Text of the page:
Thursday, December 15, 2005

Making Your Own Inari

Last night, Jeff and I went to the Dekalb Farmer's Market. What with the long drive, the holiday Atlanta traffic, and the time we took to price-compare and discuss every single item that went into our cart, we didn't get back til very late. It's a tribute to how simple and easy it is to make inari that we still went ahead and made the meal even though we were dead tired. In all, it takes about an hour, about ten to fifteen minutes of which are actual work.

What are inari? Inari or inarizushi are a form of sushi (the word sushi in Japanese refers to the seasoned rice, not the raw fish as many people believe. It is possible to eat an authentic Japanese sushi meal that is 100% vegetarian, even vegan). Inari are incredibly popular in Japan--they are sold at every 7-11. Almost every Japanese fast food joint will have a tray of them sitting out. They are "picnic" food or a quick meal-on-the-go, sort of like the Japanese version of a sandwich.

A piece of inari is seasoned rice stuffed into a piece of fried, simmered tofu. Sounds strange, but the sweet tangy seasonings of the tofu and the yumminess of the rice make this the tastiest of treats. Once you try them, you'll be addicted. Take a peek at what they look like. Make a ton of them and you'll have some to take to work the next day for a quick, healthy, authentic Japanese-style lunch.

To make inari, you will need to buy the inari wrappers. They come wrapped in plastic or else--the way I most often find them here--in a can. You can find them at a Japanese, Korean or sometimes other Asian grocery stores. The Whole Foods in Atlanta often has them: they're always available at the giant one up near Marietta. You can also order them on the Internet. (Just google Inari or Inari-no-moto (ie instant inari)). At about $2-3 a can, they might seem kind of expensive, but, considering the fact that pieces of Inari usually cost about $1-3 a piece at a restaurant, it works out to be an ok deal.

1. To get started, wash two cups of rice well and then drain thoroughly. (Sushi rice works best, but any short-grain sticky rice will do). Put the rice in a pot and let it soak in two and a half cups of water for half an hour to an hour. (We skipped most of this step last night because we were in a hurry. The rice came out fine.) Bring the water to a boil over medium heat, and when it's boiling, turn the heat to low, and cover. Let it cook for 20 minutes. Do not lift the lid to check the rice!! Not even to peek!

2. During the soaking of the rice is a good time to prepare your seasoning: Mix a quarter cup of rice vinegar, a quarter cup of sugar and a half teaspoon of salt in a cup. When the timer for the rice goes off, remove the pot from the heat and let it sit--undisturbed, still covered, do not peek!--for 15 minutes.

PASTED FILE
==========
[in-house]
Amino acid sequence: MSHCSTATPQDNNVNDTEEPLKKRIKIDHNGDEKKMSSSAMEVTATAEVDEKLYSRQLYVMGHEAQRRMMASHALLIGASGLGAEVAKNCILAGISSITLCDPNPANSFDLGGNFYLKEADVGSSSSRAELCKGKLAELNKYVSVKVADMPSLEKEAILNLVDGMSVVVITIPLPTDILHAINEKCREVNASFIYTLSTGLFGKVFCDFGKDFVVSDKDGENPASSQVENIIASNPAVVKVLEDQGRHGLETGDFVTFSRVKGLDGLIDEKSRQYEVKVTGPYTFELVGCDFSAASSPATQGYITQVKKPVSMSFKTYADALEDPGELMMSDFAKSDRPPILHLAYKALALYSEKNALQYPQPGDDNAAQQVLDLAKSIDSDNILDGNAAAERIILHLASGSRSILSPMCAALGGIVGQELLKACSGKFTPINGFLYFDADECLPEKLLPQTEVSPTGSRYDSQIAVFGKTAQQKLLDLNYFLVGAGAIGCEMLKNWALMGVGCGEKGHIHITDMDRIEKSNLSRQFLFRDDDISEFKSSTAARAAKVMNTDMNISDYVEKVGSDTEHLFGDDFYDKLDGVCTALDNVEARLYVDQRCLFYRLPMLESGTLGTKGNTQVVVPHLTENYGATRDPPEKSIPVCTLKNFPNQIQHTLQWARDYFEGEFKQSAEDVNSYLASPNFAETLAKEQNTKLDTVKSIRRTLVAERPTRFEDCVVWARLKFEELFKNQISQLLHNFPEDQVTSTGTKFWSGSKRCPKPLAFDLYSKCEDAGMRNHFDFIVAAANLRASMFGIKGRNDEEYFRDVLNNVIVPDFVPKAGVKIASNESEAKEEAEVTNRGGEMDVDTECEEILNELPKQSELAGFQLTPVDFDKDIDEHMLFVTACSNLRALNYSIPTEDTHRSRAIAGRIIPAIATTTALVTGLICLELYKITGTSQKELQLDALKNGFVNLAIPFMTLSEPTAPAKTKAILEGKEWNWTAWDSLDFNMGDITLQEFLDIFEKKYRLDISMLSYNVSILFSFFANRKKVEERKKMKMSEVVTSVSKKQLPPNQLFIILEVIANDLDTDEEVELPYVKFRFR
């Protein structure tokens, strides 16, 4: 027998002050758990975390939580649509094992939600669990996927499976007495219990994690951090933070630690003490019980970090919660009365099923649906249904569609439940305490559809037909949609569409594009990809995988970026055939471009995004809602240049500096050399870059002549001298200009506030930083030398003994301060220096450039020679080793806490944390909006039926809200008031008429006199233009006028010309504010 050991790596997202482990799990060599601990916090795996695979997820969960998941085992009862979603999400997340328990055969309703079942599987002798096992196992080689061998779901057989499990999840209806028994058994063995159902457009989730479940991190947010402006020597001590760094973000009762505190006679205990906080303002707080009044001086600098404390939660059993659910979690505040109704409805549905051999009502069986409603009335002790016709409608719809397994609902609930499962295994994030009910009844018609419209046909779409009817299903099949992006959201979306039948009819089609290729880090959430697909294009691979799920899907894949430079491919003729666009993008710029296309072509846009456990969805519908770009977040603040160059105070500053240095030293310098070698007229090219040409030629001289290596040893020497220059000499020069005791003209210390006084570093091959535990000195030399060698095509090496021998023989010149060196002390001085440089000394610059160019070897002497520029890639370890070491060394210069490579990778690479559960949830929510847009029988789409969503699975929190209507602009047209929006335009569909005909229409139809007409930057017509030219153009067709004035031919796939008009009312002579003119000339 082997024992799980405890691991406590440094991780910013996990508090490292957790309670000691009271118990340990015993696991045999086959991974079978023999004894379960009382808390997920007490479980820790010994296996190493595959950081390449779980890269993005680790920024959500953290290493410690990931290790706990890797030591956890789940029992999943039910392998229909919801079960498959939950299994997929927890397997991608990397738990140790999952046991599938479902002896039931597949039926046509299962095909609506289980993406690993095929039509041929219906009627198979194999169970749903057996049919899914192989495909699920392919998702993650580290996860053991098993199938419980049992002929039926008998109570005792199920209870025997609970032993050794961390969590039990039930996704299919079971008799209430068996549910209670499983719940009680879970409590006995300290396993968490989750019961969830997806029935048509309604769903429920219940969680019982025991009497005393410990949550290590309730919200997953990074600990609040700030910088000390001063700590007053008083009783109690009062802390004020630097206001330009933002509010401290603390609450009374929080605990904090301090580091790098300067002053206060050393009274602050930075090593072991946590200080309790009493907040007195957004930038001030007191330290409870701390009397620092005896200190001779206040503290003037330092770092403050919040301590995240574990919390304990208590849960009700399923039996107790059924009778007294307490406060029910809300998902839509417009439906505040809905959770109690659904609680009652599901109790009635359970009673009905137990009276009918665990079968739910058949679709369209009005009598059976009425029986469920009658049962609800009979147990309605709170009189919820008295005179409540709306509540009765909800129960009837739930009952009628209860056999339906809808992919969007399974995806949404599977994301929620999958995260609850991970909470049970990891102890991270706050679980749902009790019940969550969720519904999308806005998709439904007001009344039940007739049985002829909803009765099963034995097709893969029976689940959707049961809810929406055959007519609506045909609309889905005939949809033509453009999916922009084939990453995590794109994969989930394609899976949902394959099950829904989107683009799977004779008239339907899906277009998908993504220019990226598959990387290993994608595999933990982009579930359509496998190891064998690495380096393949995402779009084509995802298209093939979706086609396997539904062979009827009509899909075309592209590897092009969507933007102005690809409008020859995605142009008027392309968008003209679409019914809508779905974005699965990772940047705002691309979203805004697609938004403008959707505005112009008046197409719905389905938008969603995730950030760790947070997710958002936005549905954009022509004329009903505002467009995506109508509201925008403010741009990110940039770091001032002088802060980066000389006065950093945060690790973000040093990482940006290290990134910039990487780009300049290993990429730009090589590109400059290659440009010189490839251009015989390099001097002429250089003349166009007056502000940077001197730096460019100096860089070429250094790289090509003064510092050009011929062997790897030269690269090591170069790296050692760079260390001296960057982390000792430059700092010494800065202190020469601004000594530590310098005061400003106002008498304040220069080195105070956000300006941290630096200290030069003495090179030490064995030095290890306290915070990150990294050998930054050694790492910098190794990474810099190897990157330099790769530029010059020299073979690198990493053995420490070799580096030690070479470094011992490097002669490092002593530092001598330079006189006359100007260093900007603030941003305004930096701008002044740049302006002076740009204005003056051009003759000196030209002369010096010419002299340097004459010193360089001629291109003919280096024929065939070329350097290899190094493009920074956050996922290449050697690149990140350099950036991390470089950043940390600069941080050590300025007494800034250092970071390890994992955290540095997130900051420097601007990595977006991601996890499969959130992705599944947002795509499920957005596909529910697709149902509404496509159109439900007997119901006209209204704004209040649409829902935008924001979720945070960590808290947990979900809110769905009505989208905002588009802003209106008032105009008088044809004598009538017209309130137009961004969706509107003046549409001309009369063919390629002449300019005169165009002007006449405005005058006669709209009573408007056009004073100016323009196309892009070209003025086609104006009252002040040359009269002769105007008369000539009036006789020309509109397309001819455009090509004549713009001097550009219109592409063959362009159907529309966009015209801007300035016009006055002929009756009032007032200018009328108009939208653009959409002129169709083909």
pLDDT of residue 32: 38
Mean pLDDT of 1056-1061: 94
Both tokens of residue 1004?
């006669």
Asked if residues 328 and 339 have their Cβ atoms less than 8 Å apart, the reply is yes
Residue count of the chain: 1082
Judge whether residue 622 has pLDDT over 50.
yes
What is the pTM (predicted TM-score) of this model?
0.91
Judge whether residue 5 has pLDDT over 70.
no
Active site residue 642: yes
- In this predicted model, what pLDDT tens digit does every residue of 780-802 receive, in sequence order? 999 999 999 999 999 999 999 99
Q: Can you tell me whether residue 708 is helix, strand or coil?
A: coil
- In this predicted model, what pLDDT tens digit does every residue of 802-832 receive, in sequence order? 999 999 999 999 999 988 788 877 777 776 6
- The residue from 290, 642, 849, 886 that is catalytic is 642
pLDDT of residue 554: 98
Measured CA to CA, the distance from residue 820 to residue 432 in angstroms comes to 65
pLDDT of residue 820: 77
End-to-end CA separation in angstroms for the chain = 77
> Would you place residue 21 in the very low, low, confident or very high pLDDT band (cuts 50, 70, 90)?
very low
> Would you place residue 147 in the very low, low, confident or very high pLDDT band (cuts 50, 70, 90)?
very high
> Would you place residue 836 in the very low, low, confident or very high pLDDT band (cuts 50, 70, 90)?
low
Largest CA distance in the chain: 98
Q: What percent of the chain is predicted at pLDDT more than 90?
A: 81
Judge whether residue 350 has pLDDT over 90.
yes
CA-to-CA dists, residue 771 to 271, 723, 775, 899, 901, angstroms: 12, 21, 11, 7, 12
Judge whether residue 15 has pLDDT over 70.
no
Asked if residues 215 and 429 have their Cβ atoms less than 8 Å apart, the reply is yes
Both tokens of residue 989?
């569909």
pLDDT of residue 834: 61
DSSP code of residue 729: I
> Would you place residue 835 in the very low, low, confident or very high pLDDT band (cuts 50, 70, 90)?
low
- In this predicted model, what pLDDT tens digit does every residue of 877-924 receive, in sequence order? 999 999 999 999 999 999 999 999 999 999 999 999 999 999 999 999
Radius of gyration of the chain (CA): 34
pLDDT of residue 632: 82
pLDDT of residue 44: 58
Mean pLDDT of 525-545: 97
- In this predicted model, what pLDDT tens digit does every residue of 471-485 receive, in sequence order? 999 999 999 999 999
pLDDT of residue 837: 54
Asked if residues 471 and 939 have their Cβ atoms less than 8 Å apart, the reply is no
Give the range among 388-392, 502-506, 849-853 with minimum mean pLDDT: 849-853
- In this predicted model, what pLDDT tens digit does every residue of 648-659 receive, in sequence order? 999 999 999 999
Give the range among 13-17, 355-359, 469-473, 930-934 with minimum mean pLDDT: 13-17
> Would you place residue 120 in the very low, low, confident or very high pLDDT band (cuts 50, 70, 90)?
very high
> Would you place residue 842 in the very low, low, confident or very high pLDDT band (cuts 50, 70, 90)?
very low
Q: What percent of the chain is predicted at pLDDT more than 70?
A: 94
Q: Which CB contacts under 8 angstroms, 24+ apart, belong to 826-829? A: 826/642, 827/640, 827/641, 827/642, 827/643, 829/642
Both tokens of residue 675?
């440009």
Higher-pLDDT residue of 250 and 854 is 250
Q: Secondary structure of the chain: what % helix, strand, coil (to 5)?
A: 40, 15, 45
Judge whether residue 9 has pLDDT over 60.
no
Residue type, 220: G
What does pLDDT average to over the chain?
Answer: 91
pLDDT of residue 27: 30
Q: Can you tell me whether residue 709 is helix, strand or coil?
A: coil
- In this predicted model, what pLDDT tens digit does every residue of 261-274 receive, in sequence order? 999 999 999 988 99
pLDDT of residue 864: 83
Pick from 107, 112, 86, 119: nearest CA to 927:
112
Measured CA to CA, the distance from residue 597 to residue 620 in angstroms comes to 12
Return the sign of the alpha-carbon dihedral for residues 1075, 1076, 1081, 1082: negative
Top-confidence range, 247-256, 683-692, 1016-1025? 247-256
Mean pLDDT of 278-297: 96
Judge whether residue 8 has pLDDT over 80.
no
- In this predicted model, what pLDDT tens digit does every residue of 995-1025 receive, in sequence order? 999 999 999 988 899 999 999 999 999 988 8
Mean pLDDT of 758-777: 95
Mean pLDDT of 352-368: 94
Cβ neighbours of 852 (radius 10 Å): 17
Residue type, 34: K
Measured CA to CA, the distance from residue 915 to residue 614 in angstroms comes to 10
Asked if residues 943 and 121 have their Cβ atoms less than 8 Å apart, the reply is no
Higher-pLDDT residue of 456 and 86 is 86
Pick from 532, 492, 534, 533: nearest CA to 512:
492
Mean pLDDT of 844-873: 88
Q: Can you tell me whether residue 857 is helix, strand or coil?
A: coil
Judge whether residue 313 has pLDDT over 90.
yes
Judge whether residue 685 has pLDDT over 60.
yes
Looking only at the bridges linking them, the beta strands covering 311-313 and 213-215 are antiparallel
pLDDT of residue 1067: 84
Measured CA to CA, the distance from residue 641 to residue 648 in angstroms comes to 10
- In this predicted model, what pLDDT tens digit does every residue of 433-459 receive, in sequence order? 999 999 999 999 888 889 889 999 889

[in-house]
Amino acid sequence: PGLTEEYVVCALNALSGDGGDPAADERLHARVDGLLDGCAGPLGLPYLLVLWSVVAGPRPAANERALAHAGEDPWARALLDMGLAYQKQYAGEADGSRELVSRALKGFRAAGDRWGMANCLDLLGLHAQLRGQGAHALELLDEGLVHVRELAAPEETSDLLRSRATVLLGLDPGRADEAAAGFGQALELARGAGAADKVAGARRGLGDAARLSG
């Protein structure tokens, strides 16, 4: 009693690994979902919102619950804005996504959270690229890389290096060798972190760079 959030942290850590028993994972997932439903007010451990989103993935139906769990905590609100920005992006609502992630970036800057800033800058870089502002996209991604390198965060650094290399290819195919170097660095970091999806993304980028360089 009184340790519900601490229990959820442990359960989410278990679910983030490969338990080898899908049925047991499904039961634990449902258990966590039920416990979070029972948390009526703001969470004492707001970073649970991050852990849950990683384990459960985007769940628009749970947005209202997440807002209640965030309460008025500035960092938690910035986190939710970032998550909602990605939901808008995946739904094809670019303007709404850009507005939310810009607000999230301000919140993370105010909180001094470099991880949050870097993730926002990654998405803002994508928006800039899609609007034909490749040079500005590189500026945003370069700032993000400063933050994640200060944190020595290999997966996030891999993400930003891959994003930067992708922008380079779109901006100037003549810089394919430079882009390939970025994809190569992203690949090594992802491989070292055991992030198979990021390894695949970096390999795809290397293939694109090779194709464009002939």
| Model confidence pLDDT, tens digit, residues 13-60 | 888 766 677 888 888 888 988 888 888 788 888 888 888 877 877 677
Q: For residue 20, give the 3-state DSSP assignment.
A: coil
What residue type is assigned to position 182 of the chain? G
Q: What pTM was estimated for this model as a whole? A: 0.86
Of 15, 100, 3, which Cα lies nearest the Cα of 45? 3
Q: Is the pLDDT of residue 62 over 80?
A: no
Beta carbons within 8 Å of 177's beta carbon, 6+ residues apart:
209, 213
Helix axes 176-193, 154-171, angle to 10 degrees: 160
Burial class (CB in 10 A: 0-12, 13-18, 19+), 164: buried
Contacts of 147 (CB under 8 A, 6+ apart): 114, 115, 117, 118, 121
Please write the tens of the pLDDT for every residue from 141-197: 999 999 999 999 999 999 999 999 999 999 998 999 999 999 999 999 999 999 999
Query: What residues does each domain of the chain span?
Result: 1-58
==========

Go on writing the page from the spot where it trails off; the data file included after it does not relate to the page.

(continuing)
3. While you're waiting is a great time to make your other stuffing. What else to put in the inari? Just the rice is fine, of course, and in Japan it's the most popular option. But use your creativity if you like, even try a bit of fusion! I always throw in a couple tablespoons of toasted sesame seeds. If you're not a vegan, some cooked eggs, omelette-style, help up the protein content. Slivered sauteed shitake mushrooms, steamed spinach squeezed dry, slivered pickled burdock root, umeboshi plums, some kimchee. Go wild. The two things to remember: Rice should predominate (use the other fillings just to flavor the rice) and whatever you use should be cut small, about the size of the grains of rice or barely bigger.

4. When the rice is entirely done, dump it out onto a big flat baking tray. Throw in the seasoned vinegar. With one hand, fan the hot rice with a magazine or such (I keep one of those Southern style "church fans" around just for this purpose) and with the other use a wet wooden spoon to mix the vinegar into the rice. (This is easier if you have an assistant to do the fanning!) Stir in your sesame seeds, shredded omelette, spinach or whatever else, if you're using it.

5. Stuff your inari wrappers with the rice mixture. Place them on a serving tray along with the yummy stuff served with sushi: wasabi horseradish, pickled ginger and a dish of soy sauce. Serve with hot green tea. Delicious!


Anonymous Liza said...

I am so jealous. You know how I adore your inari ;p


11:29 AM  
Blogger FilmStocker said...

We'll save you a piece next time, Liza...
Thanks for stopping by my new place on the web!

1:07 PM  
Anonymous misho said...

hi there!

I know nothing about this site - I just made myself a couple of inari-zushi as I love it but I was not sure what was the name of it - I searched google for images of inari and this was the first site that jumped out.

So I put this comment :)

8:27 AM  
Blogger Snohomish Spectator said...

My dear man! I was in search of a way to use tofu more widely in my cooking and since I love inari I stumbled on your site. I didn't get the recipe for the tofu wrappers here, but I loved variations you suggested and will be making them soon. Wonderful blog you have here.

10:55 PM  
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11:23 PM  

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